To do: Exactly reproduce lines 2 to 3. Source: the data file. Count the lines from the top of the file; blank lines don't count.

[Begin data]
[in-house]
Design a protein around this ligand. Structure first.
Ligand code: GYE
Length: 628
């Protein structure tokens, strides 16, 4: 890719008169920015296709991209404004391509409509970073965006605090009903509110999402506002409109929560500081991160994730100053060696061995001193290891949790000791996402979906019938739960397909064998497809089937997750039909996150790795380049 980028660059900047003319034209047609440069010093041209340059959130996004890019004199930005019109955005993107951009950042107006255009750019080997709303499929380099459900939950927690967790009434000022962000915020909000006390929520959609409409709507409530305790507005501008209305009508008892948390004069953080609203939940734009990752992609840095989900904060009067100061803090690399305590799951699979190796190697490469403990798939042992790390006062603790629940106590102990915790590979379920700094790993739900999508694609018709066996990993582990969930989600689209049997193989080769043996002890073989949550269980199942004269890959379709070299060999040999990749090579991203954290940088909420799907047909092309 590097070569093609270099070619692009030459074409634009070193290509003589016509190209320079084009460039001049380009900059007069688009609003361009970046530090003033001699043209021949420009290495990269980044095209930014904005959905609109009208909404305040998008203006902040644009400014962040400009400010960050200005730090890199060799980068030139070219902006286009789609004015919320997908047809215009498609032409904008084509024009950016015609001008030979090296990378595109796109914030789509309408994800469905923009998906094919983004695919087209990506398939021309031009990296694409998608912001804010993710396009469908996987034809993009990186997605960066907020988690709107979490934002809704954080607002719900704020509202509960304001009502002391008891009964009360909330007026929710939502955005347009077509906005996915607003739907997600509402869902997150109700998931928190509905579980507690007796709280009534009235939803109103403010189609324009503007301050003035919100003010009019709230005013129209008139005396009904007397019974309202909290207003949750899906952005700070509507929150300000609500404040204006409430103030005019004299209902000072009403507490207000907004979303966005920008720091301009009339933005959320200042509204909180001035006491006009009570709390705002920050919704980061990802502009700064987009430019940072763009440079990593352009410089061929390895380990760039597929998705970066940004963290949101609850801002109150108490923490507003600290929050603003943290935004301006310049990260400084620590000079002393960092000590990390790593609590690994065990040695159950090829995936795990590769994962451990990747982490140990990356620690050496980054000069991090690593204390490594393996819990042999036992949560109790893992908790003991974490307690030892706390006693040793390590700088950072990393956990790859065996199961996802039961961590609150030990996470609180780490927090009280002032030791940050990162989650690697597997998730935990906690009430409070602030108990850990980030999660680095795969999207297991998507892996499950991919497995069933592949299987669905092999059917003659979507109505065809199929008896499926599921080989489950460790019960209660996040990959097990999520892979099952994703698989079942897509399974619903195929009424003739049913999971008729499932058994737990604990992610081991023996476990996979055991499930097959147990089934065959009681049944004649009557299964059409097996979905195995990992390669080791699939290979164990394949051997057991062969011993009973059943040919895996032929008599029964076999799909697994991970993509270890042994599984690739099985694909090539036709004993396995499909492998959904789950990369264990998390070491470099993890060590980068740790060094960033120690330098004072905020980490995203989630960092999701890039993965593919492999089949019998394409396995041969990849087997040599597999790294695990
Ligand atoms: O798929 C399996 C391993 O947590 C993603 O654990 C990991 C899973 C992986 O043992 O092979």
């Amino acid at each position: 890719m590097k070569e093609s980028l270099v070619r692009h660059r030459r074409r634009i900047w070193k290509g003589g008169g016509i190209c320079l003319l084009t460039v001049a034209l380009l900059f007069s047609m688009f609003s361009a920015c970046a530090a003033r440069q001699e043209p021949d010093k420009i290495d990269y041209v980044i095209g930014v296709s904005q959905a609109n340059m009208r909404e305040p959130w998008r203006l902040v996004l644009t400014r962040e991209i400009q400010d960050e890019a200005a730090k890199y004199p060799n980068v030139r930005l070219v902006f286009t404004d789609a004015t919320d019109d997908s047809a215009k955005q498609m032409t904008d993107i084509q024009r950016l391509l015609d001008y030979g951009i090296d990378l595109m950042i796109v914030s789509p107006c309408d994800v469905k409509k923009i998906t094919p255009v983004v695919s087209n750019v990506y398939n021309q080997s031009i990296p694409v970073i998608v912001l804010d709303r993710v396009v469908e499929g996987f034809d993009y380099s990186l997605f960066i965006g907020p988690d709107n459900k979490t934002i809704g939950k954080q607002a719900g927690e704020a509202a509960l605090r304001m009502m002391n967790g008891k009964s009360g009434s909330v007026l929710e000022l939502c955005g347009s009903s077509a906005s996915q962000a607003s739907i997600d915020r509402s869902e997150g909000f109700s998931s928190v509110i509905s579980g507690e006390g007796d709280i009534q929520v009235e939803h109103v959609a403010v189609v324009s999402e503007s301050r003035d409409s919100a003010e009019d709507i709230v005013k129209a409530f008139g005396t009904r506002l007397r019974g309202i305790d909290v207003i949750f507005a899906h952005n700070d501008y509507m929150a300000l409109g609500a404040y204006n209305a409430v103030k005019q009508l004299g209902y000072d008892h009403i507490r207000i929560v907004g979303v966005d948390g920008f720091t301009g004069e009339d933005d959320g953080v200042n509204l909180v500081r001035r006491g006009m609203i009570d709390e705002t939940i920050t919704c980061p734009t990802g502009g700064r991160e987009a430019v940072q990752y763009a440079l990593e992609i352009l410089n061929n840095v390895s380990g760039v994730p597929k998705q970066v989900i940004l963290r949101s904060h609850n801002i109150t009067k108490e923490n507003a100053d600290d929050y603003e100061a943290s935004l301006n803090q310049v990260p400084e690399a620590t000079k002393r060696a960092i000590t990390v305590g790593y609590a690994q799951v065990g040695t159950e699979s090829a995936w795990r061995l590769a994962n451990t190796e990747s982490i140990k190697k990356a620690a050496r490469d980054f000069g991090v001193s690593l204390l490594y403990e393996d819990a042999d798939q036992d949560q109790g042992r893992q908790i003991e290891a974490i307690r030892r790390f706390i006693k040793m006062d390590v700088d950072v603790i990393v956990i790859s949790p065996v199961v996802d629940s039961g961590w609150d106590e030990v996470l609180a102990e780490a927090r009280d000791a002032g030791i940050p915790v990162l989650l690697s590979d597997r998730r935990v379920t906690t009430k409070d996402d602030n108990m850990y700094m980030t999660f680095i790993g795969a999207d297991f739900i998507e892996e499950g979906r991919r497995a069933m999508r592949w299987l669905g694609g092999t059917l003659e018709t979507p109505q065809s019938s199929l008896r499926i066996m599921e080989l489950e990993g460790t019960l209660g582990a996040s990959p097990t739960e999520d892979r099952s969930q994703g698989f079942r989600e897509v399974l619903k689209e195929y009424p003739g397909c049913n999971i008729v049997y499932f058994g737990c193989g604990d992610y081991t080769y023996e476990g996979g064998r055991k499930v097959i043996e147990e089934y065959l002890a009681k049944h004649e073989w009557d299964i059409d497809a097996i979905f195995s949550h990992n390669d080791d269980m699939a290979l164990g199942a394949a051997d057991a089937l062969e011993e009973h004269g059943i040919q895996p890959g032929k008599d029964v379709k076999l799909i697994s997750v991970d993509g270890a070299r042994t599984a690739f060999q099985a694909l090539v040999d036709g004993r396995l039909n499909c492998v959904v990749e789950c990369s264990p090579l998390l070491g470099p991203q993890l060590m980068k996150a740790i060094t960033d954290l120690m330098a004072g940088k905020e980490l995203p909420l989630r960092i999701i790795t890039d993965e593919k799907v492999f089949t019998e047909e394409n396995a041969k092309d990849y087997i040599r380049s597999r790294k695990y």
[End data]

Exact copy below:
Design a protein around this ligand. Structure first.
Ligand code: GYE